Sunday, March 20, 2016

Antietam: Details in Gardner's iconic image of fallen Rebels

Alexander Gardner/Library of Congress
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Taken by Alexander Gardner on Sept. 19, 1862, two days after the Battle of Antietam, this photograph of  bodies of Confederates gathered for burial is an iconic Civil War image. The renowned photographer took another, similar shot of  fallen Rebels near Dunker Church as well as a photograph that focused on the battle-damaged church itself. All these photographs were dissected by William Frassanito in his terrific 1978 book, Antietam: The Photographic Legacy of America's Bloodiest Day, and each is available to examine today in high-resolution, TIFF format.on the Library of Congress web site.

The image above has been reproduced countless times in books, magazines, newspapers and online. It also appears on an interpretative marker near the battlefield Visitors' Center, yards from where Gardner set up his camera to shoot the photograph more than 153 years ago. You can even view an impressive, colorized version of one of the images here.

But have you really seen the iconic image at the top of this post? Cropped enlargements of it offer interesting perspectives and perhaps details you have never noticed ...

... this blurry enlargement includes the figures of two horses and at least two people (near entrance and side entrance) at the Dunker Church, which was used as a makeshift field hospital. Easily seen in this enlargement is damage to the small, white-washed brick building, which was struck by artillery and "perfectly riddled" by bullets. "I visited the little church in the edge of the wood but it's nothing but a wreck," 5th Maine Captain Clark Edwards wrote a month after the battle.

Two days after Antietam, Captain George Noyes, a member of General Abner Doubleday's staff, wrote a seering description of the scene at the church:
"A few severely wounded rebels were stretched on the benches, one of whom was raving in agony. Surgical aid and proper attendance had already been furnished, and we did not join the throng of curious visitors within. Out in the grove behind the little church the dead had already been collected in groups ready for burial, some of them wearing our uniform, but the large majority dressed in gray. No matter in what direction we turned it was all the same shocking picture, awakening awe rather than pity, be-numbing the senses rather than touching the heart, glazing the eye with horror rather than filling it with tears."  

... this enlargement shows broken fence rails and the heavily contested West Woods beyond. The post-and-rail fences along Hagerstown Pike were well constructed, according to the 106th Pennsylvania regimental historian, who wrote:  "... there was a fence on each side of the pike, a strong post and six-railed fence, that the One Hundred and Sixth Regiment had to climb and the mounted officers ride some distance to the right to get through an opening."

Portions of the fence, a frequent target for bullet-hunting souvenir seekers after the battle, survived into the early 20th century.  "The old post and race fence that has been standing along the pike north of the Dunkard Church for nearly a half century, and which was marked with hundreds of bullets, has been torn away on the west side," noted Antietam guide O.T. Reilly wrote in the Shepherdstown (W.Va.) Register on May 20, 1909. "It had been hunted over by thousands of persons in hope of finding bullets. A number of panels still stand on the east side, and we hope they will be left for a while yet to show to visitors." (Hat tip: Rare Images of Antietam by Stephen Recker.)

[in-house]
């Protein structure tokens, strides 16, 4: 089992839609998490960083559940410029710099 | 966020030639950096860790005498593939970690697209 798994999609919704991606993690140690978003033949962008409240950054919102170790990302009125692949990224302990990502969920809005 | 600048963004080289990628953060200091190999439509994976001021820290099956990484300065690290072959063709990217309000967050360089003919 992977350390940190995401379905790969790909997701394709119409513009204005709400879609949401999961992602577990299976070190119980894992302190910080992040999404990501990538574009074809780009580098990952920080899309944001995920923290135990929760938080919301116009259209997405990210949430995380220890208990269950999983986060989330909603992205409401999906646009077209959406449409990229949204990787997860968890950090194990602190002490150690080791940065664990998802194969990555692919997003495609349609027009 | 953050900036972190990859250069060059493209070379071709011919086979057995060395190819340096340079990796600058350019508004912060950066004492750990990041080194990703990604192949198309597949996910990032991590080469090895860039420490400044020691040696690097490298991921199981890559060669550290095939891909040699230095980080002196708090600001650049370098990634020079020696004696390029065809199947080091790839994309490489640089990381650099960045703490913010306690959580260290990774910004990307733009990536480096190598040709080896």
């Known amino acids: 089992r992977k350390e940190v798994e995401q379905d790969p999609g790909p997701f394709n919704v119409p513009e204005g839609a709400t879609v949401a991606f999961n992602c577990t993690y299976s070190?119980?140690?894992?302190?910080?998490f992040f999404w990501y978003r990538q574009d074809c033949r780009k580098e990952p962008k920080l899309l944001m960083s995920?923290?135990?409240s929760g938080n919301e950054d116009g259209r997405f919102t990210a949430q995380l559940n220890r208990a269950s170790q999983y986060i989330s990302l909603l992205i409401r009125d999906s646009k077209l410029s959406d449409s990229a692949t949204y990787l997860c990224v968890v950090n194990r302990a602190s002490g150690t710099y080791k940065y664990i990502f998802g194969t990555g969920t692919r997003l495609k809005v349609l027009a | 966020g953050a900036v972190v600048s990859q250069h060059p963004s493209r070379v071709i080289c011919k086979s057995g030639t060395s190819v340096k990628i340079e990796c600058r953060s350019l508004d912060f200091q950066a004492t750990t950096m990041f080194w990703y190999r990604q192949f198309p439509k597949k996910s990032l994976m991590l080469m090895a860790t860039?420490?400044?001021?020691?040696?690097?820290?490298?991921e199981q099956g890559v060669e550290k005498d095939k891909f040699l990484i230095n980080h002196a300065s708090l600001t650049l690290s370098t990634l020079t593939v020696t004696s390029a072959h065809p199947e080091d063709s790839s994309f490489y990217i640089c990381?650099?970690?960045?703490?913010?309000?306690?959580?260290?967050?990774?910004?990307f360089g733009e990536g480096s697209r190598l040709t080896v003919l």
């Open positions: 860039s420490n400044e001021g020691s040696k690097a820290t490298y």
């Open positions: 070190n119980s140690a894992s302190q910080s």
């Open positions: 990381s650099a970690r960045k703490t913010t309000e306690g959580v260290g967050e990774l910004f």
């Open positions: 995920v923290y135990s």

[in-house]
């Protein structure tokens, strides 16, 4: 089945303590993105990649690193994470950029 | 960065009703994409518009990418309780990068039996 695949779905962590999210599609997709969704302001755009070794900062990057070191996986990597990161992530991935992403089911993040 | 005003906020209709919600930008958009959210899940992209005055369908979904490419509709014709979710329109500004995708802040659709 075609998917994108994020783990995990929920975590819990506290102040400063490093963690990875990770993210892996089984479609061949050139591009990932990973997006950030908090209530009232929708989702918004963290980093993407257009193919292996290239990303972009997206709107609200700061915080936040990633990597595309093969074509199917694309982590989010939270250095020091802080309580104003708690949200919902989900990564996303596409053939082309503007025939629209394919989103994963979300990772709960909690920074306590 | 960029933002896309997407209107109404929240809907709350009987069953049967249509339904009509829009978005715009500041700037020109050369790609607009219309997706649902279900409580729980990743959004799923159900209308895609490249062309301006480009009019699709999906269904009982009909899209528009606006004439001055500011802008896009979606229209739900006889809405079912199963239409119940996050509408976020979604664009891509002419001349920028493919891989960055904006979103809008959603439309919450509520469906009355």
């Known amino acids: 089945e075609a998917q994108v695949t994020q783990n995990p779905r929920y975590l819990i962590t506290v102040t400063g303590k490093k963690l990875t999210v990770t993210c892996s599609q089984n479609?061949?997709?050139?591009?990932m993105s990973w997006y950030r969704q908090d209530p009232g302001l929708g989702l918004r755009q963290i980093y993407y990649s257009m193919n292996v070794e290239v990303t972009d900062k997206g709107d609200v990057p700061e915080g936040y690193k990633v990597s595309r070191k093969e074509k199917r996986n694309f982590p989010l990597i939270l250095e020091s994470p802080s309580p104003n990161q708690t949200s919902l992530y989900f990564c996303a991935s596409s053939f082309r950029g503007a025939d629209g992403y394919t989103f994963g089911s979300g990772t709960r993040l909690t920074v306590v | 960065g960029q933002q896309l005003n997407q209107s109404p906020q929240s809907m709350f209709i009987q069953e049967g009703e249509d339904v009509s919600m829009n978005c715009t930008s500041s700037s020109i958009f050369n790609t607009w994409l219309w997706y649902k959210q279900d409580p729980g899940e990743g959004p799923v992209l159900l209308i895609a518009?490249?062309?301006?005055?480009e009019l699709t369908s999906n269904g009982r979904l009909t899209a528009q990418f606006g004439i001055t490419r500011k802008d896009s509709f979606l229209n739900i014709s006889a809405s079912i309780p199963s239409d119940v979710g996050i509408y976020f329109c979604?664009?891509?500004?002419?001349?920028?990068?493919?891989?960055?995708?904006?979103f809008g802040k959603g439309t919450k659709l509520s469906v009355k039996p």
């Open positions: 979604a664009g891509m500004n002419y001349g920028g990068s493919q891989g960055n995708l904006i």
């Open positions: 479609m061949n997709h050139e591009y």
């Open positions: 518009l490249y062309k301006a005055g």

... a dead horse and torn, bloated bodies near a Confederate artillery limber chest ...

... and another dead horse, its hind leg awkwardly in the air, appears in the right background of the damaged negative of this version of Gardner's image. ...

... while in this close-up a fallen Confederate shows us the ugliness of war. Unburied for two days, this soldier's body is bloated as decomposition has begun. The eight dead Confederate soldiers in Gardner's image were likely buried haphazardly in a trench by Union soldiers, who buried their own dead first. After the war, they may have been disinterred and reburied in a Confederate cemetery in Hagerstown, Md., or Shepherdstown, W.Va. ...

... another close-up of fallen Confederate, his trousers perhaps opened by the expansion of gases within his decomposing body. Noyes also described the shocking sight of  Rebel dead near the Hagerstown Pike:
"Their faces are so absolutely black that I said to myself at first, this must be a black regiment. Their eyes are protruding from their sockets; their heads, hands, and limbs are swollen to twice their natural size. Ah! there is little left to awaken our sympathy, for all the vestiges of our common humanity which touch the sympathetic chord are now quite blotted out."

... and in the foreground of the original image is this incongruity: a pair of easily overlooked shoes yards from the bodies.

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